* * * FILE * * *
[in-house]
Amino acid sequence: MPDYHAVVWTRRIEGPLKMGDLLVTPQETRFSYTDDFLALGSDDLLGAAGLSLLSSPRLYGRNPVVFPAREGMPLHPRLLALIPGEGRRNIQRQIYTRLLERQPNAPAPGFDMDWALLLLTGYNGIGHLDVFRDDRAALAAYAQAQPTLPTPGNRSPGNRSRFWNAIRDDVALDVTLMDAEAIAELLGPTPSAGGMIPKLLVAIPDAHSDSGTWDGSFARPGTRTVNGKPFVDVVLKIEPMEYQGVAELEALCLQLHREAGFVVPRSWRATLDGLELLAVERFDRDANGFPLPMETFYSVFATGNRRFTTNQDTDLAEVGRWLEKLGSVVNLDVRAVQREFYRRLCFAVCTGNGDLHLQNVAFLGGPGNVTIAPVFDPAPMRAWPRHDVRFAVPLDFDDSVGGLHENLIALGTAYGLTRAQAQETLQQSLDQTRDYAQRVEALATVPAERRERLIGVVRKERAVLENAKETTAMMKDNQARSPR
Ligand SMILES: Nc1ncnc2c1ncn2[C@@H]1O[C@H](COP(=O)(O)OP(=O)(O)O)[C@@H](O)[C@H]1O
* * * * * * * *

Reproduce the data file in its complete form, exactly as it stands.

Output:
[in-house]
Amino acid sequence: MPDYHAVVWTRRIEGPLKMGDLLVTPQETRFSYTDDFLALGSDDLLGAAGLSLLSSPRLYGRNPVVFPAREGMPLHPRLLALIPGEGRRNIQRQIYTRLLERQPNAPAPGFDMDWALLLLTGYNGIGHLDVFRDDRAALAAYAQAQPTLPTPGNRSPGNRSRFWNAIRDDVALDVTLMDAEAIAELLGPTPSAGGMIPKLLVAIPDAHSDSGTWDGSFARPGTRTVNGKPFVDVVLKIEPMEYQGVAELEALCLQLHREAGFVVPRSWRATLDGLELLAVERFDRDANGFPLPMETFYSVFATGNRRFTTNQDTDLAEVGRWLEKLGSVVNLDVRAVQREFYRRLCFAVCTGNGDLHLQNVAFLGGPGNVTIAPVFDPAPMRAWPRHDVRFAVPLDFDDSVGGLHENLIALGTAYGLTRAQAQETLQQSLDQTRDYAQRVEALATVPAERRERLIGVVRKERAVLENAKETTAMMKDNQARSPR
Ligand SMILES: Nc1ncnc2c1ncn2[C@@H]1O[C@H](COP(=O)(O)OP(=O)(O)O)[C@@H](O)[C@H]1O